Reflecting on the workshop session - and others that we have run - it struck me that with a little development we could use this for some qualitative research into the potential for the adoption of different communication and collaboration methods in different settings. The virtue of these workshop games is that they offer scope for exploring most of the relevant issues: the context, history and culture (in the scenario setting); the different roles and beneficiaries (if you bring in characters); the range of possible methods (on the cards). In longer versions we throw in 'crisis' cards to the storytelling, and extend the stories told to impact on programmes.

Drew wrote a paper on Why games a few years back, which you can find here. 2003! Time for an update, highlighting yet again how effective a few bits of paper can be in getting people talking. More so than Powerpoint.

Housing cards content. Download pdf.

  • E-participation: E-mail, blogs and web site used for engagement with residents and other stakeholders
  • Content managmenent system: Move to content management system, with scope for blogs and forums as well as static pages.
  • Focus on mobiles: Mobile phones are a major channel for information and communication.
  • Services online: More services are available online
  • Community content: Residents encouraged and supported in developing content online - text, audio, video, photos - through blogs and wikis.
  • Wireless broadband : Residents and staff can dispense with landline phones and use wireless network for free calls and Internet access
  • Video storytelling: Staff and volunteers use video clips to tell stories
  • Free Web services strategy: Cut software costs and support collaboration online by using new free web services.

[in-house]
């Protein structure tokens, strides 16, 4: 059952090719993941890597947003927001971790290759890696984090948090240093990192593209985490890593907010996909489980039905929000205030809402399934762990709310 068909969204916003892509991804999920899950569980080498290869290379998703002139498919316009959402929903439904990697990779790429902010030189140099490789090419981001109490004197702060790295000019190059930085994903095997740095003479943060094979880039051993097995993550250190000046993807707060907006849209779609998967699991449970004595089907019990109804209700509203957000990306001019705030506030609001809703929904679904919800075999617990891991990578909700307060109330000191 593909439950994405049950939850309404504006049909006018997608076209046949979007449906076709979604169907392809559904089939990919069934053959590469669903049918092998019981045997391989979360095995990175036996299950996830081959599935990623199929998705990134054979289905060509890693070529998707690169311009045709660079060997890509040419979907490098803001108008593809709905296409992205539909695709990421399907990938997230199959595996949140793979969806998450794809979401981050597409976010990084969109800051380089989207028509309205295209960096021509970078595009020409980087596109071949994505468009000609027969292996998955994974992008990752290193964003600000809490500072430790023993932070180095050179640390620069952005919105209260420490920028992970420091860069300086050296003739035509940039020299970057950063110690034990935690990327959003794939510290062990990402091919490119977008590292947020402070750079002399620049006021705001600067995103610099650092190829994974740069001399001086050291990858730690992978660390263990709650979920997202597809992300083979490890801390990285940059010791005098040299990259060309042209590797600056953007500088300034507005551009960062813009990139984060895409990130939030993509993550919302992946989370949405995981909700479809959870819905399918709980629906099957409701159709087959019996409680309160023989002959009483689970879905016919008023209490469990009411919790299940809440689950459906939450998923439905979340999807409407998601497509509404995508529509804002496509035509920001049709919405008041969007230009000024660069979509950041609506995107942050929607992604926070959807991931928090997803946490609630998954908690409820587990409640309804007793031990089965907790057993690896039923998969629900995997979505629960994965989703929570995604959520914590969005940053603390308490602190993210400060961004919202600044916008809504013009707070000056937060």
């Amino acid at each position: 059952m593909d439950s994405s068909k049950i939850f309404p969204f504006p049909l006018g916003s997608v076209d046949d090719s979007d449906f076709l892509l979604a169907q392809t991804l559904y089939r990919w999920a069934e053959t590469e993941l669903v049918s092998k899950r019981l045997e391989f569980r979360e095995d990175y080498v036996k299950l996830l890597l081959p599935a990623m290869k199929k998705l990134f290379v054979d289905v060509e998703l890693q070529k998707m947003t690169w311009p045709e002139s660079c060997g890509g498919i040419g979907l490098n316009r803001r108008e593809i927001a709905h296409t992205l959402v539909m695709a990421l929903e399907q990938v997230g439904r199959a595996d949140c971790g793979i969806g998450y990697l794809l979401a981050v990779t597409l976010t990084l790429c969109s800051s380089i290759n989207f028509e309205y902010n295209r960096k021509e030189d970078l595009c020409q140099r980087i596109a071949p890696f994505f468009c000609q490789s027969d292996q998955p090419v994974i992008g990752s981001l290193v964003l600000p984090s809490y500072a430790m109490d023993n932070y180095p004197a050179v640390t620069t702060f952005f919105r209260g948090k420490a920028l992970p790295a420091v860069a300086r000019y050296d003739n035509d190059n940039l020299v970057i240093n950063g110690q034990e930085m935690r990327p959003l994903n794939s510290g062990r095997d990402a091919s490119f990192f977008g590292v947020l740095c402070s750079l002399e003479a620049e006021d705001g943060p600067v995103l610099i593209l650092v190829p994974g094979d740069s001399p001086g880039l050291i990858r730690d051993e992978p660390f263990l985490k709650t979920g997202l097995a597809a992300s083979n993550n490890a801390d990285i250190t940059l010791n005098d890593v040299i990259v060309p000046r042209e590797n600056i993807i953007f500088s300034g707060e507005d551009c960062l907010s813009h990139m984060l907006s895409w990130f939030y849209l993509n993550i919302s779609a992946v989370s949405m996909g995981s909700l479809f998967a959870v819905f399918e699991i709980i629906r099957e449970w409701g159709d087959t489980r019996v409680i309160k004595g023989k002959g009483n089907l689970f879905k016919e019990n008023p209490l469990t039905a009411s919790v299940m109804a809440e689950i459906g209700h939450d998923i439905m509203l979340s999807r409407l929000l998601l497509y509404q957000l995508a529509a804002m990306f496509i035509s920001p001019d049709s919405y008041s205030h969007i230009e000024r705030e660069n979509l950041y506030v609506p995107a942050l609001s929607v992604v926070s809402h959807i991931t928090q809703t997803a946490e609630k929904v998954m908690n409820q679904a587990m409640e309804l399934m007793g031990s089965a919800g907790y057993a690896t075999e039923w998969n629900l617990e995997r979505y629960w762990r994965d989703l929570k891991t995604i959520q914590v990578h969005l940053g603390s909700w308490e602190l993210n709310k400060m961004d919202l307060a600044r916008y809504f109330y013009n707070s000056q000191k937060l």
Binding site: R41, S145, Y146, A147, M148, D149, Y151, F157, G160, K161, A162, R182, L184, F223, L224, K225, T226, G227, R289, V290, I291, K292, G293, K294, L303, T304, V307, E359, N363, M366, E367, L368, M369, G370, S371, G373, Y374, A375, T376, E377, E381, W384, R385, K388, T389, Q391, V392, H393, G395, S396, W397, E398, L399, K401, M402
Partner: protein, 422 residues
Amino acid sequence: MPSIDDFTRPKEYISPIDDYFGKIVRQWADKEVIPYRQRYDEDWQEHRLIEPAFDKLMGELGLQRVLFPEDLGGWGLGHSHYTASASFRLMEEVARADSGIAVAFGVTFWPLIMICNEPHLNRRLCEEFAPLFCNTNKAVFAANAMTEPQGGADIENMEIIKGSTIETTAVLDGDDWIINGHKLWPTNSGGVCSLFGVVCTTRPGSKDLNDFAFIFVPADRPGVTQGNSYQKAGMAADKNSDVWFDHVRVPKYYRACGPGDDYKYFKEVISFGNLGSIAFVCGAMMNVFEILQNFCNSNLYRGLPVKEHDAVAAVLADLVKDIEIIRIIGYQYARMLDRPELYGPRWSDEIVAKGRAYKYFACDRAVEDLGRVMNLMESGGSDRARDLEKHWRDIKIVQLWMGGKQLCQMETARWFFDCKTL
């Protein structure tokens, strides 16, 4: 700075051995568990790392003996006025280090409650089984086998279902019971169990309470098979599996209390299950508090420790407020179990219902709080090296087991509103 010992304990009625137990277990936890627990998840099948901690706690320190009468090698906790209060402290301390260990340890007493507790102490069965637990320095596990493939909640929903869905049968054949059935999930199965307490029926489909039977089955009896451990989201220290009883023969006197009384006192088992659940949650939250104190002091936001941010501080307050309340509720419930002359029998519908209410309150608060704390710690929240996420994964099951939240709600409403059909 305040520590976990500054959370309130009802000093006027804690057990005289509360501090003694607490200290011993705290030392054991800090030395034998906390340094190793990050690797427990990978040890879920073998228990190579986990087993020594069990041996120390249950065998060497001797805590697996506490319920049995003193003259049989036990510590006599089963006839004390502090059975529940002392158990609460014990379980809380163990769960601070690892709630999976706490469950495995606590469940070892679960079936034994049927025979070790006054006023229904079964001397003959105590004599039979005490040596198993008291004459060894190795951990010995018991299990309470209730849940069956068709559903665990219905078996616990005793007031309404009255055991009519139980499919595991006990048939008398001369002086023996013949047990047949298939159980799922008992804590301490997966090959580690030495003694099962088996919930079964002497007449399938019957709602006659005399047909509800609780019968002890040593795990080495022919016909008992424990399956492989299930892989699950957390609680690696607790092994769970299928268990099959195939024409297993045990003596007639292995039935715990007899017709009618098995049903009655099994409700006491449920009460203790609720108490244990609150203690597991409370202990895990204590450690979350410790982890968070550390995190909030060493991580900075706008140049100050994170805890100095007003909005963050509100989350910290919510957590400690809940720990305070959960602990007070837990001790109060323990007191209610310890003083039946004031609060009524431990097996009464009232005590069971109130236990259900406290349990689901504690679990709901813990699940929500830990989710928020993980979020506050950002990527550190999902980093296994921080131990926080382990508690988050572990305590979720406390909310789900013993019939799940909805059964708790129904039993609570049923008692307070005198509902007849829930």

• Instant messaging: All staff are encouraging to be available online for chat - speeding communication and reducing e-mail
  • Social networking: Set up a site on MySpace - or similar - and network there.
  • Information kiosks: Information kiosks provide information and some communication facilities
  • Podcasts: News updates and stories from the organisation - and residents - can be downloaded for playback on iPod or similar
  • Free Internet phone calls: Staff switch to free Skype calls where possible - with instant messaging too
  • Exploration: Staff encouraged to spend time exploring blogs and other social media to help plan new development
  • Chief executive’s blog: The chief executive has a public blog to provide a personal view on developments.
  • Online maps: Web services can be combined to create online maps and other ways of combining data
  • Use feeds to cut e-mail: Staff are encouraged to reduce e-mail by using RSS feeds from new system.
  • Internet TV: Interactive digital TV provides web services and broadcast opportunies without the need for computers
  • News on tap: Use - and add to - news from 24dash on blog
  • Photosharing: Staff and residents are encouraged to upload and tag photos for public sharing.
  • Project collaboration system: Project management and collaboration system like Basecamp used internally to improve team working
  • Wikis for instant web sites: Wikis provide groups with collaborative publishing and workspace - and instant web sites
  • Virtual worlds - Second Life: Engage people in the Second Life virtual world
  • Other Ideas: Selling the additional benefits of going online - shopping, family/friends, family trees; Train the staff and residents; Setting up our own ISP; SMS updates; Online forum - means for residents to interact with each other; Free map services.

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I'm remixing the game for cc licenses and this is very useful, as always ..